Tag Archives: China

China launches three satellites on new rocket

China today successfully completed the first orbital launch of its privately-funded but government-built smallsat Smart Dragon rocket, putting three smallsats into orbit.

From the Chinese state press:

The rocket, developed by the China Rocket Co. Ltd. affiliated to the China Academy of Launch Vehicle Technology (CALVT), blasted off from the Jiuquan Satellite Launch Center in northwest China at 12:11 p.m. (Beijing Time).

The three satellites, respectively developed by three Beijing-based companies, will be used for remote sensing services, communication and Internet of Things.

Different from the carrier rockets of the Long March family, the new Dragon series is developed in a commercial mode to meet the market demand of launching small commercial satellites, said Wang Xiaojun, head of CALVT.

What they mean by “a commercial mode” is that the funding comes from private Chinese investors who hope to make money from the rocket’s launches. However, this is not a private operation by any means, since the rocket is owned and built by a government entity and uses military solid motors.

From an American perspective, this Chinese attempt to create a commercial launch industry using private funds but tight government supervision and control is very puzzling. This government company is now competing directly with other Chinese launch companies that are, at least superficially, owned and run by private corporations (though also supervised closely by the government). How the Chinese government prevents its government agencies from putting their thumbs on the scale to favor one over the other I do not understand.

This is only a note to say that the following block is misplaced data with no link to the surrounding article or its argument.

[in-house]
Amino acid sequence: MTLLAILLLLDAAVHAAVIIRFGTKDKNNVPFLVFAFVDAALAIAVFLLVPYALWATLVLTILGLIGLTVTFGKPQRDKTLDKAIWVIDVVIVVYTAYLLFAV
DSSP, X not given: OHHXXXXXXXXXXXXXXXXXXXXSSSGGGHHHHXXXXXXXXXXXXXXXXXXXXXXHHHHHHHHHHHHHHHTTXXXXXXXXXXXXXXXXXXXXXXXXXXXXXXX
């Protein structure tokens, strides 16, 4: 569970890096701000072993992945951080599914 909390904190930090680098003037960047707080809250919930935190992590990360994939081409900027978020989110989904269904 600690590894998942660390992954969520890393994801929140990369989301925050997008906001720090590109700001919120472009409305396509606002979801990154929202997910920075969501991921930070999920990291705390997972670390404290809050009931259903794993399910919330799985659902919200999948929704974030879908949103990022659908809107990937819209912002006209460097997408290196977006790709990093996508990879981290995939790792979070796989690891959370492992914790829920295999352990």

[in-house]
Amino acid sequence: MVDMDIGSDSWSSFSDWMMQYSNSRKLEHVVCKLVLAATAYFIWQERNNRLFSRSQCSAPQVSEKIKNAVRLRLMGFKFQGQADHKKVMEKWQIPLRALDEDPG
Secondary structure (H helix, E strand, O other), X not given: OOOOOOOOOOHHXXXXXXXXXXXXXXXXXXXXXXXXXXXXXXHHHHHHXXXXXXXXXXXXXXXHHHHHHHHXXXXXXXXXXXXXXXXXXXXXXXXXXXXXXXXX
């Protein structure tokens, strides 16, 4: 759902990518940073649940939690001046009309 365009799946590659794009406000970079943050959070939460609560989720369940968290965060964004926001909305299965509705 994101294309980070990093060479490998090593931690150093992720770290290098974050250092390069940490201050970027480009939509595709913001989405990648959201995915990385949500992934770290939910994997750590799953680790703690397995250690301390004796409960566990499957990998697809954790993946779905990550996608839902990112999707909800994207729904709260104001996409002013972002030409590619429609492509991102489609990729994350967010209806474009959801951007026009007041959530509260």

The leaders in the 2019 launch race:

12 Russia
12 China
10 SpaceX
6 Europe (Arianespace)
4 India

The U.S leads 17 to 12 over Russia and China in the national rankings.

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Hong Kong airport reopens as protesters retreat

It appears the actions by Chinese riot police yesterday has caused the airport protesters in Hong Kong to back off and allow the airport to reopen.

Most of the protesters left the airport Tuesday after riot police tried to enter the terminal, fighting with demonstrators who barricaded entrances with luggage carts. The brief clash led to several injuries.

The violence included protesters beating up at least two men they suspected of being undercover Chinese agents. Airport security appeared unable to control the crowd, and paramedics later took both men away. Police have acknowledged using “decoy” officers, and some protesters over the weekend were seen being arrested by men dressed like demonstrators — in black and wearing face masks.

Hu Xijin, editor-in-chief of the Global Times, identified one of the men as a journalist at the nationalistic Chinese tabloid. “Fu Guohao, reporter of GT website is being seized by demonstrators at HK airport,” Hu wrote on his Twitter account. “I affirm this man being tied in this video is the reporter himself. He has no other task except for reporting.”